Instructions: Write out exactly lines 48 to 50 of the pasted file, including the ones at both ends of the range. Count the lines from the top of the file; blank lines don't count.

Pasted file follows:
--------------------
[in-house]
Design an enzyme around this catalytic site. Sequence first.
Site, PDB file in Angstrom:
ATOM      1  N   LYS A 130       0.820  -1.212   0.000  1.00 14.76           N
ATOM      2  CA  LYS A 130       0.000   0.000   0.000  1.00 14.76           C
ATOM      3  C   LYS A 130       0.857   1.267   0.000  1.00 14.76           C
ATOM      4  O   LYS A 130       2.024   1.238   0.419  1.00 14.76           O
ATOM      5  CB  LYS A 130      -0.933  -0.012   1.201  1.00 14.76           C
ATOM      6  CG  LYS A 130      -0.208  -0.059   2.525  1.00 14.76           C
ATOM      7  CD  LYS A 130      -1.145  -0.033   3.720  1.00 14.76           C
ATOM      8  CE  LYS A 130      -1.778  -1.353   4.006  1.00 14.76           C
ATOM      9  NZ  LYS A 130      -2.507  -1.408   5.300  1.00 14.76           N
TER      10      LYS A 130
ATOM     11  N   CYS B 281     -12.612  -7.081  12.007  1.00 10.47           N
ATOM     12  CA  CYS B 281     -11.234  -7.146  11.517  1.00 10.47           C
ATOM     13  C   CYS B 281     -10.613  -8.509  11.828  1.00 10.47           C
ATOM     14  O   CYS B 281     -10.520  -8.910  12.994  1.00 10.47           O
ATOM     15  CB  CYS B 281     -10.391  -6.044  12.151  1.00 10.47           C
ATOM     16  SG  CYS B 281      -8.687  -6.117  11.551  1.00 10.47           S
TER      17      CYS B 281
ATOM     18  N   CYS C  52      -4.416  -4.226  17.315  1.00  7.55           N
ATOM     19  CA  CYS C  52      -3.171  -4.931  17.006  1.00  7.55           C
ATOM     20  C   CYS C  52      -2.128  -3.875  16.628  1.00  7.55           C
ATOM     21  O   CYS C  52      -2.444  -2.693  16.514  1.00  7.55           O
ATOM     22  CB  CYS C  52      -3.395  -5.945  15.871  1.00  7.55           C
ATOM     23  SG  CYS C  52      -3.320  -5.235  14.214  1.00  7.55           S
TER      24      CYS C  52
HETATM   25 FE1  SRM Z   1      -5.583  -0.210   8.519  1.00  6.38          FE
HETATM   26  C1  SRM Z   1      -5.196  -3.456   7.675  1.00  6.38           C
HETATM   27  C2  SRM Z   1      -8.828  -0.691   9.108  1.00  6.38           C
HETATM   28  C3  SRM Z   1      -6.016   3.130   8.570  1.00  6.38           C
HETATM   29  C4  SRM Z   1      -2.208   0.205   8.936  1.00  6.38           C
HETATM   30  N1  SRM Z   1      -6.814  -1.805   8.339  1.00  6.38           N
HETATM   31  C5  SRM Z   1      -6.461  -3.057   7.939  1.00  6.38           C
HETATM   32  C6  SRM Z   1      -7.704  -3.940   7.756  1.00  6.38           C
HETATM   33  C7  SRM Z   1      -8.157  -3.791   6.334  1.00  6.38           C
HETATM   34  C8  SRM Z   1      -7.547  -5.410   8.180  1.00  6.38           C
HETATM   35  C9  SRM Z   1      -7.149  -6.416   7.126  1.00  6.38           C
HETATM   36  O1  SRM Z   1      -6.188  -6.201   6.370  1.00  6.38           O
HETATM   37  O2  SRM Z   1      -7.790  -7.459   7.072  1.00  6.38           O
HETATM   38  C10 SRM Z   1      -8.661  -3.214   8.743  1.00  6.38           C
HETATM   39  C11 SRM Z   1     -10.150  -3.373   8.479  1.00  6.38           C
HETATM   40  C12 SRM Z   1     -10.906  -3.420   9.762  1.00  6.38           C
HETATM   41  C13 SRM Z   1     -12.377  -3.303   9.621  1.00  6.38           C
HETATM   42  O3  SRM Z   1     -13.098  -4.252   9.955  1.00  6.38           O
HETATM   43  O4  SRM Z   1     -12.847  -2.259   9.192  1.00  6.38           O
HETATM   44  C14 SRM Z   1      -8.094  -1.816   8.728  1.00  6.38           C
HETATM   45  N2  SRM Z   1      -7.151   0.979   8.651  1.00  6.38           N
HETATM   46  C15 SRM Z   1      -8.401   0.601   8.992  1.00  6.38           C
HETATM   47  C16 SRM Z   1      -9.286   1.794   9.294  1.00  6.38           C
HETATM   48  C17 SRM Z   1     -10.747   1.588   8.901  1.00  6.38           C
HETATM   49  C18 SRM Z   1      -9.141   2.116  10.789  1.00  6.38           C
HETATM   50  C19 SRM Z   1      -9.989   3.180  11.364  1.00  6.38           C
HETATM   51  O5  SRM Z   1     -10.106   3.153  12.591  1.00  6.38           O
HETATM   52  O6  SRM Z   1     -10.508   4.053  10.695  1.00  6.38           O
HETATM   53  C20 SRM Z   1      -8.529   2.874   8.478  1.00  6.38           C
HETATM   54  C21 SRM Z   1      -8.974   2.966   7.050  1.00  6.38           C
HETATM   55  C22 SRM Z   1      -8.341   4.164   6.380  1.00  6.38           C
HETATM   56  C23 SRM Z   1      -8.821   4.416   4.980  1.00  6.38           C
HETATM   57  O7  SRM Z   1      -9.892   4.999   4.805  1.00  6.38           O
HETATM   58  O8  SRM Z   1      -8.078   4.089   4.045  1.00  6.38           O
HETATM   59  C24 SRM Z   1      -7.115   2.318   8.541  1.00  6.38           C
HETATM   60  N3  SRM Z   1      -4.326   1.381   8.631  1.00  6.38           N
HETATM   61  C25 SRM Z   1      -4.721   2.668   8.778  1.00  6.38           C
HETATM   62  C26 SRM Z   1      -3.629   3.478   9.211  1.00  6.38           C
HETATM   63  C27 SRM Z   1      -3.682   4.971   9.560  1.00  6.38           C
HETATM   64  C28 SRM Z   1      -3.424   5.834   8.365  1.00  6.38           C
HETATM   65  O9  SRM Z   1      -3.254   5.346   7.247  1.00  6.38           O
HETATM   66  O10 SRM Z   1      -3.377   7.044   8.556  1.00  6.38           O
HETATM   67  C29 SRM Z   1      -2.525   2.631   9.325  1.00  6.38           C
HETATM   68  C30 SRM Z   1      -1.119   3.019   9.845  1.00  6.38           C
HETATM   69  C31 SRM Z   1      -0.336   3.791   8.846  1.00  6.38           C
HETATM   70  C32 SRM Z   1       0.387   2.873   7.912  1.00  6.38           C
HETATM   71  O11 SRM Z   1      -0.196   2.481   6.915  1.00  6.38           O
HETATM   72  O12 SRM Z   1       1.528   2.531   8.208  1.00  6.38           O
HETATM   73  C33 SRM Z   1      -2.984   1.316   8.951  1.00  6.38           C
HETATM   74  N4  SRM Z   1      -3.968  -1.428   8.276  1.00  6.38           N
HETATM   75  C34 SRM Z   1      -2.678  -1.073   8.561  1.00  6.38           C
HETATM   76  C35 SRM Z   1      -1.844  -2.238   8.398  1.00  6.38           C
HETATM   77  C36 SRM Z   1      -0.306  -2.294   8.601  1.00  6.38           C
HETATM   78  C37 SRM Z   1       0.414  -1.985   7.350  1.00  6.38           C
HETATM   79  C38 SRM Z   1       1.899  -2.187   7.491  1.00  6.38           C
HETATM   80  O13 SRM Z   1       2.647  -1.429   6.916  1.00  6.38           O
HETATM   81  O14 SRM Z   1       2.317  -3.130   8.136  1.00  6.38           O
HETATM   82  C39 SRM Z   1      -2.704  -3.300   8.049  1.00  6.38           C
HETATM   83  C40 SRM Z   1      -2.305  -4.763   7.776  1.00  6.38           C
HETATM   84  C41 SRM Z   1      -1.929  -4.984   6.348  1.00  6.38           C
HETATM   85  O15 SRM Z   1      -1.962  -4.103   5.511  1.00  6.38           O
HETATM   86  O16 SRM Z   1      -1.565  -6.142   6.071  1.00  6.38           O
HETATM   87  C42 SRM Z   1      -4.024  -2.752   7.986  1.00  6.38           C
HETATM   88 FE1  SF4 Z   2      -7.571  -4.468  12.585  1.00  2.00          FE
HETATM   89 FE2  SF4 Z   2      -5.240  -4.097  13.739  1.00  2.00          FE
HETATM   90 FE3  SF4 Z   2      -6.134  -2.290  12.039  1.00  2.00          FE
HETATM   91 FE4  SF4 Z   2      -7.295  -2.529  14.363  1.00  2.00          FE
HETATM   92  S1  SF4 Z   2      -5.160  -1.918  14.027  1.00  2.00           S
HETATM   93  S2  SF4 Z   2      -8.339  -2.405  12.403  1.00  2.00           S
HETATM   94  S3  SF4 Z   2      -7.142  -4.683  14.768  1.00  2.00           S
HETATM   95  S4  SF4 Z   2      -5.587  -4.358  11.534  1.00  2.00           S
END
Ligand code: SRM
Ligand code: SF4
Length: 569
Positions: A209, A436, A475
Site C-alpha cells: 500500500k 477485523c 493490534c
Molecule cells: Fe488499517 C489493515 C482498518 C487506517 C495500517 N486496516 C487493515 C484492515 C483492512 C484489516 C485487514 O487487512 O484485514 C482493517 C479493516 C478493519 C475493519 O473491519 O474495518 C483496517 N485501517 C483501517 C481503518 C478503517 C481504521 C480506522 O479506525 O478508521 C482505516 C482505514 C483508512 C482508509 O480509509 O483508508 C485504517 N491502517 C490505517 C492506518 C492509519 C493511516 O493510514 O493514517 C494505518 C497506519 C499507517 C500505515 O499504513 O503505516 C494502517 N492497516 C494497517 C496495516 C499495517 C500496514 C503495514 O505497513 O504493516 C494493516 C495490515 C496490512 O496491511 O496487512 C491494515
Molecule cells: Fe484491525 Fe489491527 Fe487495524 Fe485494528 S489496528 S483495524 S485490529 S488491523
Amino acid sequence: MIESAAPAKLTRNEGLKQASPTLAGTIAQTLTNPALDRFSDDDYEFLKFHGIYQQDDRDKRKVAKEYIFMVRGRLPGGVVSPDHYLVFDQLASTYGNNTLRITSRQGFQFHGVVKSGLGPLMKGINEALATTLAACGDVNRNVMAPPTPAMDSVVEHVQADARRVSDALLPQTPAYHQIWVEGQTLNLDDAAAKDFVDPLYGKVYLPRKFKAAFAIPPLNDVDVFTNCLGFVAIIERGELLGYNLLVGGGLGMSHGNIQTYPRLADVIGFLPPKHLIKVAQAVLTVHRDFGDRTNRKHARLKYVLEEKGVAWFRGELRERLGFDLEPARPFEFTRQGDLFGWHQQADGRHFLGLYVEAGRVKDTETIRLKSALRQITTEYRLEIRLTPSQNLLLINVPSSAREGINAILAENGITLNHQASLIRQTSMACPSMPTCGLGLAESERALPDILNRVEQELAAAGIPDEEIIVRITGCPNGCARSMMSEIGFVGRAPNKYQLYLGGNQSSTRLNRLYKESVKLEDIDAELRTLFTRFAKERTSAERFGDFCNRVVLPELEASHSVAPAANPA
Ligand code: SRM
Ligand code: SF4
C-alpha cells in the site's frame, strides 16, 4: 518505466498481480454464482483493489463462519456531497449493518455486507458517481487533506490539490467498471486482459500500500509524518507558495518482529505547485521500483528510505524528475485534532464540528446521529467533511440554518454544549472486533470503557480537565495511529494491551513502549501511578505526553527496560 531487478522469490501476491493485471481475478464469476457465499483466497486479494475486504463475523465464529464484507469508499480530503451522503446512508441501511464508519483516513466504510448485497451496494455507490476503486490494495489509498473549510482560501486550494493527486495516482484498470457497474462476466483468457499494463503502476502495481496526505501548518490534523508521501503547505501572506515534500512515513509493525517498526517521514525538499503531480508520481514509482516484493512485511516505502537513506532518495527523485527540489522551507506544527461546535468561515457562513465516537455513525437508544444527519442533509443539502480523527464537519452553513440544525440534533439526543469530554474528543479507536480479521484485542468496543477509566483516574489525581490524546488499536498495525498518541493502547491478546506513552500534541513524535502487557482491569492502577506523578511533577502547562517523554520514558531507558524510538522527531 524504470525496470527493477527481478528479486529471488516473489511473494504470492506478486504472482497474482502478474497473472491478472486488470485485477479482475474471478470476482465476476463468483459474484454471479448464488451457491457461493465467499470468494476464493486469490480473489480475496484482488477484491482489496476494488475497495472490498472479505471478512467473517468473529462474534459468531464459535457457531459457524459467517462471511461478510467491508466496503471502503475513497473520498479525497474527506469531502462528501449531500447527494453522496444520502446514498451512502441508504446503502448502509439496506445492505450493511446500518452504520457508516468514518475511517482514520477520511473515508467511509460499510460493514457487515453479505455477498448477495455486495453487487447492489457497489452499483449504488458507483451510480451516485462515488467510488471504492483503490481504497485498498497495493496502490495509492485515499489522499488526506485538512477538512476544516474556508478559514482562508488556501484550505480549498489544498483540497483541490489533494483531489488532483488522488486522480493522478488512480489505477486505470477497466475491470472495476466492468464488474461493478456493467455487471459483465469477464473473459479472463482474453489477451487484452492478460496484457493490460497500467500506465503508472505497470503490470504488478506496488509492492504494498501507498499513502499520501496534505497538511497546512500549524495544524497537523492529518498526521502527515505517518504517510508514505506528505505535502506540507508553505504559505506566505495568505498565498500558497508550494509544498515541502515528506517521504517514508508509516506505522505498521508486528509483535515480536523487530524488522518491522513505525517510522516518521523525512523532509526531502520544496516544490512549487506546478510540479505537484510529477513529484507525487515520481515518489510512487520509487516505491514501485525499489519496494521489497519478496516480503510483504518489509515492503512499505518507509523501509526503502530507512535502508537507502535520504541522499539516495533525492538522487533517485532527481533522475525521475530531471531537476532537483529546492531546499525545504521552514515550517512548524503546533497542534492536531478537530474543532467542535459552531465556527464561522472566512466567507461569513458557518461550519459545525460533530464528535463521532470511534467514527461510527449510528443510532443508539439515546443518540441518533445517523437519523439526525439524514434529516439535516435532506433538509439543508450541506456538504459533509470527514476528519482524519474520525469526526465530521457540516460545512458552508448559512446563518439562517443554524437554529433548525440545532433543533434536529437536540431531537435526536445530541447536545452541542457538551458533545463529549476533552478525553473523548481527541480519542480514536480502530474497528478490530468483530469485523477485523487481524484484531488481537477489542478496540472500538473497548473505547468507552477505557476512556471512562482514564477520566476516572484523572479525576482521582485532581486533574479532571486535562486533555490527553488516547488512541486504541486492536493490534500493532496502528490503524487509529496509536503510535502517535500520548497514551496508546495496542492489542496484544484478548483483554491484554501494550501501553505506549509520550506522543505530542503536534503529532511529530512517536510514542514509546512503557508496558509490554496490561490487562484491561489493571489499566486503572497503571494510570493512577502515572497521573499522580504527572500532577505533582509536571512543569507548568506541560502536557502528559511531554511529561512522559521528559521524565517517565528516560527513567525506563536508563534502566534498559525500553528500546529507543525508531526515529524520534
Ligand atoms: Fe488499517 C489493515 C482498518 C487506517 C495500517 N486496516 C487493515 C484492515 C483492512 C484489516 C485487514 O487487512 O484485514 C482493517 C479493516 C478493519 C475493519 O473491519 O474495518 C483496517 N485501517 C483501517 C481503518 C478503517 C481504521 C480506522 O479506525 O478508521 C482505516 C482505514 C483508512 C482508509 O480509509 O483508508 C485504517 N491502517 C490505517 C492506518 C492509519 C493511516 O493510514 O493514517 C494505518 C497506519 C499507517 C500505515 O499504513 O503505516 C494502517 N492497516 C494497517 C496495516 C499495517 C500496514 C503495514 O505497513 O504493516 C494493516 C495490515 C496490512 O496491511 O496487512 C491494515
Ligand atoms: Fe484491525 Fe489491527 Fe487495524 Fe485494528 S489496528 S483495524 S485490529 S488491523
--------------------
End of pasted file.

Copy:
HETATM   45  N2  SRM Z   1      -7.151   0.979   8.651  1.00  6.38           N
HETATM   46  C15 SRM Z   1      -8.401   0.601   8.992  1.00  6.38           C
HETATM   47  C16 SRM Z   1      -9.286   1.794   9.294  1.00  6.38           C